On Saturday afternoon, an act of racist terrorism was committed in Charlottesville, Virginia. Among those responsible, according to Esquire’s Charles Pierce, were Ronald Reagan and George H. W. Bush.
“Every Republican who ever played footsie with the militias out west owns this bloodshed,” disgorged Pierce in a Sunday post. “Every Republican president -- actually, there's only one -- who began a campaign in Philadelphia, Mississippi, to talk about states rights, and who sent his attorney general into court to fight for tax exemptions for segregated academies, owns this bloodshed…Every Republican politician who followed the late Lee Atwater into the woods in search of poisoned treasure owns this bloodshed…Every conservative journalist who saw this happening and who encouraged it, or ignored it, or pretended that it wasn't happening, owns this bloodshed.”
Pierce argued that what happened in Charlottesville was far from an aberration (bolding added):
The modern conservative movement -- born of the Goldwater campaign, nurtured by millions of dollars from corporations and rightwing sugar daddies, sold day after day on millions of radios and on its own TV network -- shoved the Republican Party right where it was dying to go anyway. These were institutions whose job it was to isolate this encroaching dementia from afflicting our politics in general.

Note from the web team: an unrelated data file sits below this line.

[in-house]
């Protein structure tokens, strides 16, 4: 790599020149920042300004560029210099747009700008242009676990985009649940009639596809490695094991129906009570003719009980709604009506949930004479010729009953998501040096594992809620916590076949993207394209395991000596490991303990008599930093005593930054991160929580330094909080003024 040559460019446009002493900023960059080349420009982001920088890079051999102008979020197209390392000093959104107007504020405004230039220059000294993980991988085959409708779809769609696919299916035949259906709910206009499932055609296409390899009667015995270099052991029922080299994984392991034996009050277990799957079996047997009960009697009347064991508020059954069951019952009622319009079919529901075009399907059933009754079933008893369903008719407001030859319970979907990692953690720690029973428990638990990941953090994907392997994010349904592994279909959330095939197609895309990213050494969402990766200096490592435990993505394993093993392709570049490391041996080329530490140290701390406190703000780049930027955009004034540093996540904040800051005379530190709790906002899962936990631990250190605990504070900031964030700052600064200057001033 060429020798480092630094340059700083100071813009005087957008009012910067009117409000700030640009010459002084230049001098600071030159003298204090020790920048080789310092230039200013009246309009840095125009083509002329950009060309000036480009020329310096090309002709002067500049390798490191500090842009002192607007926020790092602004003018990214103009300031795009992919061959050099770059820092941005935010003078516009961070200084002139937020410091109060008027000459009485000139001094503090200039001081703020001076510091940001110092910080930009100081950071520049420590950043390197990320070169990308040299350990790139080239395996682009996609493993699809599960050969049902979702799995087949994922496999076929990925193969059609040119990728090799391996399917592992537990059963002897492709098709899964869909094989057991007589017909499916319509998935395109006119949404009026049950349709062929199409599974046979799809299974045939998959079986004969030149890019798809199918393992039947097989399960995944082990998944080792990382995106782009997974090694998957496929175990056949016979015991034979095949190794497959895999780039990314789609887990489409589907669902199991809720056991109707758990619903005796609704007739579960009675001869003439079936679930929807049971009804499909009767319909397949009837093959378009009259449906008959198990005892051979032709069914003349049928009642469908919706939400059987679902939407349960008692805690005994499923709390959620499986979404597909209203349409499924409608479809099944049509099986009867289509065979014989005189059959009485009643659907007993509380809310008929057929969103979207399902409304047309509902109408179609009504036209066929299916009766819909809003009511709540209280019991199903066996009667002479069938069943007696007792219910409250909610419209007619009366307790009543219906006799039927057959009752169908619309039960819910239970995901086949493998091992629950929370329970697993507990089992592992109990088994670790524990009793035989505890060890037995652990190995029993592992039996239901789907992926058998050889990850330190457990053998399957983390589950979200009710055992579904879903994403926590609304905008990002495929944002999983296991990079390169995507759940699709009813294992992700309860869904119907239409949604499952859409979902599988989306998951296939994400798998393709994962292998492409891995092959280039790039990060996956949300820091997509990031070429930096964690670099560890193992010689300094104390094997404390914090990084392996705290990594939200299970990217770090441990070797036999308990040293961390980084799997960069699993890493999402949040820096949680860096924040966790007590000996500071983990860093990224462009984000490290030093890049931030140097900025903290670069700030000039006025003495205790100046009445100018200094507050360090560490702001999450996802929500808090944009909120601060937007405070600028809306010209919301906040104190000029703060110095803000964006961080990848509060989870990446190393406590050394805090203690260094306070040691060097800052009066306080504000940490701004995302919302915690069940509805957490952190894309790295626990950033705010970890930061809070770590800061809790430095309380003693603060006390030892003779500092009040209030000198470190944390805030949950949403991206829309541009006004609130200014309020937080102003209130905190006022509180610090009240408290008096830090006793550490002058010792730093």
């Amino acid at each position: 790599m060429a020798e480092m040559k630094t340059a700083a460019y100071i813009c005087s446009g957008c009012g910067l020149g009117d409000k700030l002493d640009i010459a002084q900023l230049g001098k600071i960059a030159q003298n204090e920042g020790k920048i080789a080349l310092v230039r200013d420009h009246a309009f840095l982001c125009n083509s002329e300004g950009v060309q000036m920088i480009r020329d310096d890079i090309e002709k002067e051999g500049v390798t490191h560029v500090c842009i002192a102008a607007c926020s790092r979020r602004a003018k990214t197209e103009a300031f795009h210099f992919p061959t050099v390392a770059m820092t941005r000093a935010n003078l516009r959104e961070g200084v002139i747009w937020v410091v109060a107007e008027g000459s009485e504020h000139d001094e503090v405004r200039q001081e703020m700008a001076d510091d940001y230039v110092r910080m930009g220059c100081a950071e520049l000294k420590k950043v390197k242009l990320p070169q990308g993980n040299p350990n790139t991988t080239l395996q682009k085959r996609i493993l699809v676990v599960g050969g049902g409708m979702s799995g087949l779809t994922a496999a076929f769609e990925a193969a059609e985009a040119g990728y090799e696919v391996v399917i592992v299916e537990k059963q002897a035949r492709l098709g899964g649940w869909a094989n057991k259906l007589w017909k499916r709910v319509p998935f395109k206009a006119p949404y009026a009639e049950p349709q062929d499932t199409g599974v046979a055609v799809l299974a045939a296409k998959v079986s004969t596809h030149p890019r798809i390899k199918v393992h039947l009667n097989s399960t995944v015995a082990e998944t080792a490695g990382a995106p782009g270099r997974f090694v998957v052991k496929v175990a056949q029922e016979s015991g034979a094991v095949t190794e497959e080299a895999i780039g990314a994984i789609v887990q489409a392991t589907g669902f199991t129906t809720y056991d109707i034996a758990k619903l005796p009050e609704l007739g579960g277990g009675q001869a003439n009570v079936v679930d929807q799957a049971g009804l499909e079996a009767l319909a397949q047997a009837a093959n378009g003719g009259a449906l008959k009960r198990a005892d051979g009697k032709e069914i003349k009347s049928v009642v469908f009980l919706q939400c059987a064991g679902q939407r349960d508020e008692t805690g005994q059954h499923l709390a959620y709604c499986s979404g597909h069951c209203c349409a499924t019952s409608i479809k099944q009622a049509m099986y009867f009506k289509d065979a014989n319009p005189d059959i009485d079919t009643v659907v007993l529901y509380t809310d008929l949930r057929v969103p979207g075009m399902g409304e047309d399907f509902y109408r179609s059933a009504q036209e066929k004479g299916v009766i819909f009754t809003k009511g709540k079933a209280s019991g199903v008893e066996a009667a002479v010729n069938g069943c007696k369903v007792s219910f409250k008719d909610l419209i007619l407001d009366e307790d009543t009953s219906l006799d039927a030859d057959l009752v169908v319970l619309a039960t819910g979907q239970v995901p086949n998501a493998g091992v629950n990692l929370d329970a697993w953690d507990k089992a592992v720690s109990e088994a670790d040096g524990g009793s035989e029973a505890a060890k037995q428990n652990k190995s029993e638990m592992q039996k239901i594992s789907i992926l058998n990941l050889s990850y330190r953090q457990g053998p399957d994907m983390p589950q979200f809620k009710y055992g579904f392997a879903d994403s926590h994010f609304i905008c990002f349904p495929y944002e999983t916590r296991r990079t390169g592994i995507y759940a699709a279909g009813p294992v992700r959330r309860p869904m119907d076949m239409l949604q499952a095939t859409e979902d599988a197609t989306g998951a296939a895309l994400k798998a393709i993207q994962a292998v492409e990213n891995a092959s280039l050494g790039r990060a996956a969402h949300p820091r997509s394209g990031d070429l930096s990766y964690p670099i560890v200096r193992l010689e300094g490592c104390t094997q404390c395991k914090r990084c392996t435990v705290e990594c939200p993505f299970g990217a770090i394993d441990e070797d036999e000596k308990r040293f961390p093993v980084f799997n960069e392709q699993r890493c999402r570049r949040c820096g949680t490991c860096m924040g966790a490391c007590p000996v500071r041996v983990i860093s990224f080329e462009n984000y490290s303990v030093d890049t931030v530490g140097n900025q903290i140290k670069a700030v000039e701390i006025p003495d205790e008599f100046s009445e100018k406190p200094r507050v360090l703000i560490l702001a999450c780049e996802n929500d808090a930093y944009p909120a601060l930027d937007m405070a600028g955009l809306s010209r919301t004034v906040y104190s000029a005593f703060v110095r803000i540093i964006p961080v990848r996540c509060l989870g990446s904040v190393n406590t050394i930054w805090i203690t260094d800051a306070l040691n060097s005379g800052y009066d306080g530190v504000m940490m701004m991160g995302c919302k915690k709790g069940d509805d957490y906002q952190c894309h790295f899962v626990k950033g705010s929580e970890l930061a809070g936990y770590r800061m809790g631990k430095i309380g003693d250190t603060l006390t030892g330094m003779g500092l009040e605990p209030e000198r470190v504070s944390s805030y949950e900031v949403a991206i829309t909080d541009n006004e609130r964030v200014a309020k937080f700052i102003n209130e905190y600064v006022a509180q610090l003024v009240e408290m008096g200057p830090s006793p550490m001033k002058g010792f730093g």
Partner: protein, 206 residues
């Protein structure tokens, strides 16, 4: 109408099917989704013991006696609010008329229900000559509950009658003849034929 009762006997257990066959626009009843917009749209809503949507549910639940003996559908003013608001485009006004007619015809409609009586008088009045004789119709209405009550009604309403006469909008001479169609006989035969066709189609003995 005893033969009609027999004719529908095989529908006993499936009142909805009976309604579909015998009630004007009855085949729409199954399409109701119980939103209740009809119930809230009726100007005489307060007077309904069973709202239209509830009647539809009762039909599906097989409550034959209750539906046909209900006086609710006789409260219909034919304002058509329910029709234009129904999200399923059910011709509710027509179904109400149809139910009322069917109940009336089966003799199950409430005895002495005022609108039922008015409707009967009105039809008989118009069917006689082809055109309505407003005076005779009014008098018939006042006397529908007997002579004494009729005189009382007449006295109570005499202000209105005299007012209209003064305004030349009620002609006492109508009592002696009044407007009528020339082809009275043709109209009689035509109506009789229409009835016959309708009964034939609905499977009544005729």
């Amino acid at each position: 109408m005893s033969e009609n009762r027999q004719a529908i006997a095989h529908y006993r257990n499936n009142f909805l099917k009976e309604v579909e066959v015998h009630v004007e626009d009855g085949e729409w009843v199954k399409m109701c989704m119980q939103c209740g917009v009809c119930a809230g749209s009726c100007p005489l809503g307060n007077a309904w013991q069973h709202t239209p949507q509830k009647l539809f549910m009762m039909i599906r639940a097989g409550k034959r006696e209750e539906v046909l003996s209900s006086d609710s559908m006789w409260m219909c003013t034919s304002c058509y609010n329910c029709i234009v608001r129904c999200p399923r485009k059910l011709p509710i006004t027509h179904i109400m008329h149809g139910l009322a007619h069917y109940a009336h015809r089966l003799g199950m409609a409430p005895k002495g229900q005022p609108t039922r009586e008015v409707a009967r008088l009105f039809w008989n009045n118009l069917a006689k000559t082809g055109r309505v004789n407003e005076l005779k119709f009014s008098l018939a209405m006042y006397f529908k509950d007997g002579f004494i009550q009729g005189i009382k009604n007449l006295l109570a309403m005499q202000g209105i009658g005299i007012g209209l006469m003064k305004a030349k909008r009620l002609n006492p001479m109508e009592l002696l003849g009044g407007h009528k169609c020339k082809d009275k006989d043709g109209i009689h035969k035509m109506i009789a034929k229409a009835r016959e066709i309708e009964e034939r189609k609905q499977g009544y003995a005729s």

Last November, we saw the culmination of four decades of the Republican Party trying to have it both ways, profiting from the darkest forces in American culture while maintaining a respectable cosmetic distance. On Saturday, we saw the culmination of the election that produced. At least, I'm praying this is the culmination…
If [Republicans] merely wanted change, they had 16 other [presidential] candidates to choose from [in 2016]. But that wasn't what got them out to the rallies, to bathe in that dark energy and chant their imprecations.
That dark energy, Pierce argued, now emanates from the White House: “A lot of what [the Trump] administration is doing comes from the same place in our history out of which James Fields, Jr. and his automobile came barreling in the summer sunshine of a Saturday afternoon. The administration still employs Kris Kobach for the purpose of suppressing minority voters. The administration is still in court defending the rights of oppressed white college applicants. Jefferson Beauregard Sessions III is still the attorney general…Everything is fluid, and everything ought not to be. Not like this. Not in the 21st century. We settled some things in the last century that should have been settled for good.”
As for Reagan’s August 3, 1980 speech at the Neshoba County Fair, this piece offers background and an excerpt, both of which suggest that Pierce’s characterization of Reagan’s remarks is misleading.